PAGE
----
© Indian Country Today November 23, 2007. All Rights Reserved
The U.S. Army Corps of Engineers and its associates took ancient indigenous remains and artifacts from a newly discovered site in Puerto Rico in late October and flew them to a lab in Atlanta, Ga., for tests. There are laws in Puerto Rico prohibiting anyone from removing these kinds of materials from the island, and there are Taino people, real live human beings, who are furious over this latest episode of federal body snatching.
Probably in response to the public complaints of Puerto Rican scholars and archaeologists, the feds have promised to return everything that they have stolen, although we have to take their word for what has recently appeared as the list of items that will be returned.
As Yogi Berra once said, ''This is deja vu all over again.''
For Puerto Ricans of all kinds, especially for those of us with Taino roots - and that means most Puerto Ricans - we've heard this line before and we have no reason to believe them. On top of everything else, there is a sad echo effect at play here: It's the racist way in which the United States treats Puerto Rico and the way some officials treat Tainos or even the idea of Tainos that creates a sickening echo, one that keeps ringing in our ears and should be telling us something.
That something is to gain sovereignty for the island. It's the only way we can protect our heritage, our people and even the remains of our ancestors, as our Native cousins in North America have learned over and over again.
The series of events that lead to this latest outrage played out fairly quickly. Within the last few months, the Corps started clearing a section of southern Puerto Rico for the construction of a dam, for the purpose of preventing flooding that is all too common in that region. At some point the Corps hired New South Associates, an archaeological and historical consulting firm, to handle any potential discoveries. It has been widely known that the area north of the city of Ponce was home to some major Taino ceremonial sites; the centers at Tibes and Caguana are good examples of these highly developed community areas.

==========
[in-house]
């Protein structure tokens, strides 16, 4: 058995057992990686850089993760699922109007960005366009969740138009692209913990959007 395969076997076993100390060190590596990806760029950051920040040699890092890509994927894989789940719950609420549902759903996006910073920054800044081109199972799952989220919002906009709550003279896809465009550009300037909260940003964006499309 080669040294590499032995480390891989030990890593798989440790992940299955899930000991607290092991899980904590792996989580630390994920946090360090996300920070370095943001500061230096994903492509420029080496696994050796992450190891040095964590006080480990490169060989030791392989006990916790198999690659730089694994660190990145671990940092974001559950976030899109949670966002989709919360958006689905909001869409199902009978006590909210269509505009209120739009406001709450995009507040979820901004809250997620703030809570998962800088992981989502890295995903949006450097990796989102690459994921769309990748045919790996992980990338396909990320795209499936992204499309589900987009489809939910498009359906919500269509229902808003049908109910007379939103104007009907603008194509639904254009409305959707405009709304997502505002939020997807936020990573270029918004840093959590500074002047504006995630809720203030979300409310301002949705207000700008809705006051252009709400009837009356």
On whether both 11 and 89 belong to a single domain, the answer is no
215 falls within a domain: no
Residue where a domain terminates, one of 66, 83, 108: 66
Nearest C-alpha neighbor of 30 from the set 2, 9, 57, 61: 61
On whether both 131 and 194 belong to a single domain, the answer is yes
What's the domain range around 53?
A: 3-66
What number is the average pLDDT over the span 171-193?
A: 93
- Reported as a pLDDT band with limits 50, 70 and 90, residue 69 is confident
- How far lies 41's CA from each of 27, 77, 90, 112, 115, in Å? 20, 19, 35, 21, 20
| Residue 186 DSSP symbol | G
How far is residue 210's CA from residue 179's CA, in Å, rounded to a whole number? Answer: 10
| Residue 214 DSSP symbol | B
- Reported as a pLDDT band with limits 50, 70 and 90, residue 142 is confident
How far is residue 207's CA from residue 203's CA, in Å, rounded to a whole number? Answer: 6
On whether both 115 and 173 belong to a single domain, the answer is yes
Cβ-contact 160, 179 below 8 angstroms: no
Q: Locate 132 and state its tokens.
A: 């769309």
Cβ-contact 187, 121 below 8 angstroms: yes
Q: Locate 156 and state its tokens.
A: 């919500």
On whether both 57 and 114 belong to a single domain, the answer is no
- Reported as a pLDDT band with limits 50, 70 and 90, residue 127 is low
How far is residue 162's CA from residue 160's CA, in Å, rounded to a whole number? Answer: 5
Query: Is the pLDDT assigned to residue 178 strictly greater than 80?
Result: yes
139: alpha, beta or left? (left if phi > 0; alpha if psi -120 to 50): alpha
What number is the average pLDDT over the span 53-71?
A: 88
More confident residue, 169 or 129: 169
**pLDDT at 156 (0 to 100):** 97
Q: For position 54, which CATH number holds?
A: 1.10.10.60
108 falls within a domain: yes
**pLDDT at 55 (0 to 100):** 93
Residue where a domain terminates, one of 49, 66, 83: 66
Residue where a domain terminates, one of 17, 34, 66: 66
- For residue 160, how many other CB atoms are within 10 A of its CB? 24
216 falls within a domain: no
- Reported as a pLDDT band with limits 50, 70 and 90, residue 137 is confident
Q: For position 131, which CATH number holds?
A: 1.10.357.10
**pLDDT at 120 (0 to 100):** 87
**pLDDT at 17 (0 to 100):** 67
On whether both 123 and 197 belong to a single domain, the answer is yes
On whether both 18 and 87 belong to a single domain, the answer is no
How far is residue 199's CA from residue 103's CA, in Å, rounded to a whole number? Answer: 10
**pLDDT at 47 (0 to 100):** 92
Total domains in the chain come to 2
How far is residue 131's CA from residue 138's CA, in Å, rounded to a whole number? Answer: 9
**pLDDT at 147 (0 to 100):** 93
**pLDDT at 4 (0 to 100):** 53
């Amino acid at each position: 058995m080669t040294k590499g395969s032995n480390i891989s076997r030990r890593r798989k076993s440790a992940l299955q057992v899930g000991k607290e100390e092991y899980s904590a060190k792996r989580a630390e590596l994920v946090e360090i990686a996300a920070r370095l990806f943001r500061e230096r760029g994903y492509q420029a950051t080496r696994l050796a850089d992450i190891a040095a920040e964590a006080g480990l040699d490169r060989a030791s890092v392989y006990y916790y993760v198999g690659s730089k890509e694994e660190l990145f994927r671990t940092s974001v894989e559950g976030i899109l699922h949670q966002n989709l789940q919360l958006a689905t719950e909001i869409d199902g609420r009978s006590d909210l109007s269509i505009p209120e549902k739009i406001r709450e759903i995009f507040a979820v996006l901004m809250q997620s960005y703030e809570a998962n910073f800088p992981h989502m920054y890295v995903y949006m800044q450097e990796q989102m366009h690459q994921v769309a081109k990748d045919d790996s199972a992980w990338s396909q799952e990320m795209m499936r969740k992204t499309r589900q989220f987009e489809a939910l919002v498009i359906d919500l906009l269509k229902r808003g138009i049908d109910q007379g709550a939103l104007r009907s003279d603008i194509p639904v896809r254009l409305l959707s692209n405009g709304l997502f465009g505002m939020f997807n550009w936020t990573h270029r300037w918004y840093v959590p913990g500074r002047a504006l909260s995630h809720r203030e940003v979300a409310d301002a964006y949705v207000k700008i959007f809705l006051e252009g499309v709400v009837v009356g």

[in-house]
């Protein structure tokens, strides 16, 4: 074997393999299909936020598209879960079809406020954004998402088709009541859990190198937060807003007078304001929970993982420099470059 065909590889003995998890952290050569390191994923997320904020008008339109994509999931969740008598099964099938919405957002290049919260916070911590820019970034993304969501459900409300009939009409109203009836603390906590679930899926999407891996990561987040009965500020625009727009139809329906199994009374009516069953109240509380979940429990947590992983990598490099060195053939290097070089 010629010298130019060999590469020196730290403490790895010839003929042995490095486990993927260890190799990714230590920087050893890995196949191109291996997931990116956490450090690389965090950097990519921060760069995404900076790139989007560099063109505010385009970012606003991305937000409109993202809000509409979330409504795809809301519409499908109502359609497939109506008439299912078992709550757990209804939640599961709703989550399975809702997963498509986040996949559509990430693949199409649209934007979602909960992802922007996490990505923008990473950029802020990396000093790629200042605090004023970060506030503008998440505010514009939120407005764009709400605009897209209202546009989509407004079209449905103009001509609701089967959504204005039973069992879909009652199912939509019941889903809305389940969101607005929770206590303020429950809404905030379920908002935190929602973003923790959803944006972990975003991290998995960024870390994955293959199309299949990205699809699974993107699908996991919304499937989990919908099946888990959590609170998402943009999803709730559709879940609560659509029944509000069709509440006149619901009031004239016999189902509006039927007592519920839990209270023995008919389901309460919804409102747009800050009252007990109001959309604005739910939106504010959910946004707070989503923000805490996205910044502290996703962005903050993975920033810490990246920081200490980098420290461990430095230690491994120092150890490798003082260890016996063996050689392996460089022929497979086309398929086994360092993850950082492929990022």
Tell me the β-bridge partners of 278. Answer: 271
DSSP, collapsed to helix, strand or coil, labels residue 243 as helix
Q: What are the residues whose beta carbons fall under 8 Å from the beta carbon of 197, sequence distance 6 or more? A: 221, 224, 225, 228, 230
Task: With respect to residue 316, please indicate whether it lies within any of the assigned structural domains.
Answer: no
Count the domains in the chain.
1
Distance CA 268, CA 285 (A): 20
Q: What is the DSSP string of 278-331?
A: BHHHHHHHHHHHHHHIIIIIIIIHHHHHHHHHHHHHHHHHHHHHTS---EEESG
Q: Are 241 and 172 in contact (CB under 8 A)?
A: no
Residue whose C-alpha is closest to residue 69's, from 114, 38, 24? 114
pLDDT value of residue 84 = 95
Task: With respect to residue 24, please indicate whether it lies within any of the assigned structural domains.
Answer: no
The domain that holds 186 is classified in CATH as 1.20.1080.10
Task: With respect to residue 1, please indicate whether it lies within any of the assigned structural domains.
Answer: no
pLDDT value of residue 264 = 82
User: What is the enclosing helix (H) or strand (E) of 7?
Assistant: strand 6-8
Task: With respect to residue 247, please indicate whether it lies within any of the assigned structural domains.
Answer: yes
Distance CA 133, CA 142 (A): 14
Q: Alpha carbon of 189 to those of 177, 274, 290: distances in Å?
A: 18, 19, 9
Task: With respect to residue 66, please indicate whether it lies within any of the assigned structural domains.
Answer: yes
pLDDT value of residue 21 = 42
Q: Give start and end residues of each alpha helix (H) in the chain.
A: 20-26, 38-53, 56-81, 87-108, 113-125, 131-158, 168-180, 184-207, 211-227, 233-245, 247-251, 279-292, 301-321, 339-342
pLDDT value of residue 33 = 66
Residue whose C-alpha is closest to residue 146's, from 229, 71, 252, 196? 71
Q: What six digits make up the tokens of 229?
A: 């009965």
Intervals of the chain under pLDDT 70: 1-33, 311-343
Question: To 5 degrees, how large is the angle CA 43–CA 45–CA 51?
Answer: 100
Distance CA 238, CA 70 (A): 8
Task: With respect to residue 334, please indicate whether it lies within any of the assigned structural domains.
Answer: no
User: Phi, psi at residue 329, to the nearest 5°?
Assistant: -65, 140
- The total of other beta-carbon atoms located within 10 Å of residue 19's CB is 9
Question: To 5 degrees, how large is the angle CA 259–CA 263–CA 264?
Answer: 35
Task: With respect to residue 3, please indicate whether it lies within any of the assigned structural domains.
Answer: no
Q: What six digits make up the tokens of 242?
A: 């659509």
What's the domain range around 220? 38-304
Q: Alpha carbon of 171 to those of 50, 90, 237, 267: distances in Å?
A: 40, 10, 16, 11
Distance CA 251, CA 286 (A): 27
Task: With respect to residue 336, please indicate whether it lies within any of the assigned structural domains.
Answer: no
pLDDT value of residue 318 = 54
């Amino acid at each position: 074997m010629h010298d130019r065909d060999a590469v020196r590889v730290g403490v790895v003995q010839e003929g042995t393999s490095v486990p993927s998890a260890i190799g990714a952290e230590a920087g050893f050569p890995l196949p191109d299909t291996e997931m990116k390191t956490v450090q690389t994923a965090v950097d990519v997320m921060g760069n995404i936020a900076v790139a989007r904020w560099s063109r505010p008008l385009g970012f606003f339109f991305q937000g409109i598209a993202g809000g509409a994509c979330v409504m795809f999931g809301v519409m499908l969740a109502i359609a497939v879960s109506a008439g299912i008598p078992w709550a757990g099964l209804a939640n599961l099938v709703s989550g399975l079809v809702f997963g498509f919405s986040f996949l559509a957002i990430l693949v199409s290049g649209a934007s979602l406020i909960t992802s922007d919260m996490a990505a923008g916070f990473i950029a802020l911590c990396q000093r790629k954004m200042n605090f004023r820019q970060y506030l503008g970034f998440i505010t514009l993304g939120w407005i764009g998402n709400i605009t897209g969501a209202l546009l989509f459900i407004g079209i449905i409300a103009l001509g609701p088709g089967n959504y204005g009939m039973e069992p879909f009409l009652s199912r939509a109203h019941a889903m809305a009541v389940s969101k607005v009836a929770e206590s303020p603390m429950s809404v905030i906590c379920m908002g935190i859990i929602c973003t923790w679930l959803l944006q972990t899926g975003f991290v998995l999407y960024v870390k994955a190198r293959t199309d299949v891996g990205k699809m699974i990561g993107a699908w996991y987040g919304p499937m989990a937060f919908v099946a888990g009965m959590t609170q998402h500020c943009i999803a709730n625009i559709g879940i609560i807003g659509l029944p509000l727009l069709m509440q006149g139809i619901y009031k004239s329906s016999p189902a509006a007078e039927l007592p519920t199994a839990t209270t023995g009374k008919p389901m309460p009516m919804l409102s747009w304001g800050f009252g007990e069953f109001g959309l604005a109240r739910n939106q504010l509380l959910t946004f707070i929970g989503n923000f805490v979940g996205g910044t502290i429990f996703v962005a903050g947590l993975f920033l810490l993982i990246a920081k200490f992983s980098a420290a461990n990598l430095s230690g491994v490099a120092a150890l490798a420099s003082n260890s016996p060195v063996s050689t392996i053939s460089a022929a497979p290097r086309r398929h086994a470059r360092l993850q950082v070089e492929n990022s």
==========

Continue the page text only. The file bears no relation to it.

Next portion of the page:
Near the end of October, a major Taino site was unearthed during the construction process. Archaeologists from both the United States and Puerto Rico are hailing it as being the best-preserved pre-Columbian site in the Caribbean, with the potential to reveal many aspects of Taino and pre-Taino life in the area, from eating habits to spiritual ceremonies. The newly discovered site has a ritual ball field (known as a batey) that measures 130 feet by 160 feet, surrounded by giant stones etched with petroglyphs, one of which portrays a masculine human figure with legs of a frog. Along with the plaza, many ceramic pieces were unearthed as well as graves of ancient peoples, some of whom were buried facedown with their legs bent at the knees.
Experts are already estimating that the site includes materials dating back as far as 600 A.D. with other items from approximately 1,500 A.D., a few years after the invaders arrived.
These facts are the only points of agreement. Otherwise, the tableau turns into a crime scene.
According to members of the General Council of Borinquen Tainos, leading Puerto Rican archaeologists and scholars from the island's Institute of Culture, the Corps and New South destroyed untold amounts of artifacts and human remains with bulldozers and backhoes. Puerto Rican archaeologists and local Taino leaders then protested these procedures, eventually embarrassing the federal grave robbers enough so that they had to halt the excavation. Sadly, the official chicanery did not stop there.
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